By Grant Wahl
May 14, 2013
Jozy Altidore celebrates after AZ Alkmaar defeated PSV Eindhoven to win the Dutch Cup on May 9.
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Jozy Altidore's European club season is over, and the final eye-popping numbers are in: 31 goals in all competitions for AZ Alkmaar, including 23 league strikes and eight in the Dutch Cup, which AZ won last week with Altidore scoring the game-winner. AZ did struggle in the Dutch league, finishing a disappointing 10th, but the 23-year-old Altidore's 31 goals broke Clint Dempsey's year-old record for goals scored in a European club season by a U.S. national team player.

"I've just grown this season," said Altidore, who was named to the Dutch league team of the season by De Telegraaf. "With the ups and downs you learn a lot about yourself. When you face criticism from supporters and the media as the season was going on, to come away from that bigger and better says a lot about the group. It's a great feeling to help lead these guys, and to finish it off with a trophy is amazing."

What finally clicked for Altidore in the Netherlands after he had struggled to make an impact at Spain's Villarreal and England's Hull City? To hear Earnie Stewart, the former U.S. World Cup forward who's now AZ's director of soccer, instruction and patience were key.

"This is a country where young players are allowed to play and make a lot of mistakes and learn from them," Stewart said. "In other countries, if you go to Spain or Italy, the waiting time for young talent isn't so long. What we spoke about when we brought him to AZ was there's a way of playing as a center-forward here in Holland, and you understand what you need to do within your role. He's been fantastic at that."

For Altidore, that meant learning to do what he calls the little things: Making the simple runs that needed to be made, getting himself in front of the goal and working hard to connect with his teammates. What's more, just as a college basketball star needs the right situation to succeed in the NBA, Altidore finally found the right club fit after things hadn't worked out elsewhere following his $10 million transfer to Villarreal in 2008.

"I was given a great opportunity, which is kind of rare," he said. "I came here and was basically told, 'You're going to have your chance, and it's yours to take.' I never had that anywhere else. You always have to fight for your position -- you're never going to walk into a team -- but I was given a direct crack at it. I was able to show I was one of the better players and win my position. That was the biggest factor for me the last two years."

With the club season now behind Altidore, two big questions remain:

? Will he change clubs this summer? The manager at AZ, Gertjan Verbeek, said recently that he expects Altidore will make a move during the summer transfer window. That could mean joining a bigger club in the Netherlands or in another country. Altidore says his agent, Lyle Yorks, has been in Europe talking to clubs, but for now he has focused on playing and stayed out of the conversation.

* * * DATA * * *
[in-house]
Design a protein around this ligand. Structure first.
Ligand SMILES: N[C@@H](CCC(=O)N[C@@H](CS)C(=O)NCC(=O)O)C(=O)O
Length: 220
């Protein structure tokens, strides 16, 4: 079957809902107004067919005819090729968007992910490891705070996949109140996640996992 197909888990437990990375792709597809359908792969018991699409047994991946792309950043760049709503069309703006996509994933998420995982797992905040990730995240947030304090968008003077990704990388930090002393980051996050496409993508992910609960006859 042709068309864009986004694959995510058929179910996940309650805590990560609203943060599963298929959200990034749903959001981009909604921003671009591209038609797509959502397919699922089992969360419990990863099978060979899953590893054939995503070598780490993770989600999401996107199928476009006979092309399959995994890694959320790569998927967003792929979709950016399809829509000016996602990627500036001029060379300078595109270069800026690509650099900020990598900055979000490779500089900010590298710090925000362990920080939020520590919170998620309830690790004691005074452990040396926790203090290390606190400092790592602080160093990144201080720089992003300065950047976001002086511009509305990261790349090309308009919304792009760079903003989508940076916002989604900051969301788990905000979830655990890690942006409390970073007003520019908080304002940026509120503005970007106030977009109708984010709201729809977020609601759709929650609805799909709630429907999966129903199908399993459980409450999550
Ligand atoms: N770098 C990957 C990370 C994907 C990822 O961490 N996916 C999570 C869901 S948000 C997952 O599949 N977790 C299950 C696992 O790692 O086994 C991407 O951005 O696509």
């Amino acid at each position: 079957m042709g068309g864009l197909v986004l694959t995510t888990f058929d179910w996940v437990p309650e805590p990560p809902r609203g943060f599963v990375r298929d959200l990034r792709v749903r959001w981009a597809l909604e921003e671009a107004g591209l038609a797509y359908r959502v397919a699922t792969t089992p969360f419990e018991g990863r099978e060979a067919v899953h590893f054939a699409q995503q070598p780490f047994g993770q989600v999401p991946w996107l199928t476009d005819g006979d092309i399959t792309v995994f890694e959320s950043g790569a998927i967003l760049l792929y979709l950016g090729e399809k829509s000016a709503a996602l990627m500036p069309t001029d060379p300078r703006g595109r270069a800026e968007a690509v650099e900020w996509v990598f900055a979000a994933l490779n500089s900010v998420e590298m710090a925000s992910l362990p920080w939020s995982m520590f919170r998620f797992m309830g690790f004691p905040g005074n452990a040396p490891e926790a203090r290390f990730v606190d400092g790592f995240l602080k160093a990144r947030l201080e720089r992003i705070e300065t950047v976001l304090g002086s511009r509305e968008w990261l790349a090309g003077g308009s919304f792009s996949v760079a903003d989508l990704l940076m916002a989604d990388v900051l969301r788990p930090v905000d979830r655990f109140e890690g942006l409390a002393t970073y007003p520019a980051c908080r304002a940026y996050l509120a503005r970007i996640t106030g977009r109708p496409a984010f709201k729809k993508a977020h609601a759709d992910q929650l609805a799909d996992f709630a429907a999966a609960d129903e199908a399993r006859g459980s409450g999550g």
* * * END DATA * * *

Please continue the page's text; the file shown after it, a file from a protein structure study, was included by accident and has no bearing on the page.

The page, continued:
While it's likely that Altidore will move, Stewart said it wasn't yet a certainty. "What the manager was trying to say was that once you're good, there's going to be interest there, and you might be able to move and make the next step," he explained. "But if he does it, he has to make the right step and not make the same move he made at Villarreal, where all of the sudden the development isn't going to be as good as it is somewhere else. And obviously we as clubs have to find an agreement to do that."

? Can Altidore start scoring again for the U.S. national team? It's strange but true: Altidore hasn't scored for the U.S. since November 2011 in a friendly against Slovenia. The adjustment to manager Jurgen Klinsmann hasn't always been an easy one for Altidore, who was dropped for two World Cup qualifiers last fall but has returned to start all three games so far in the Hexagonal.

"I've thought a lot about it," said Altidore, who has 13 international goals in 55 caps. "You just have to come to the reality that it's just a different playing style, a different mentality, so the results are going to be different. As a player I've bought into the system and am willing to put everything into that team. We have an identity, and you just have to buy into that and make the best of it. At this moment we can't play the type of soccer that maybe the fans want to see. But we have to try to get into the World Cup. If this is how we have to do it, then this is how we have to do it."

One lingering question is when Altidore will be able to join the U.S. camp, which starts May 21. AZ doesn't have to release him until June 2 per FIFA rules, and the club was unwilling to let Altidore go early last year, a decision that ended up hurting Altidore's playing time for the U.S. last summer. The decision is out of Altidore's hands, but it does seem likely that AZ will relent at least somewhat from its hard-line stance.

"We're in discussions right now with the U.S. Soccer Federation, so I can't really elaborate on that," Stewart said on Monday. "But we've had talks."

With three important World Cup qualifiers coming up in June, it would be an ideal time for Altidore to rediscover his scoring touch at the international level.

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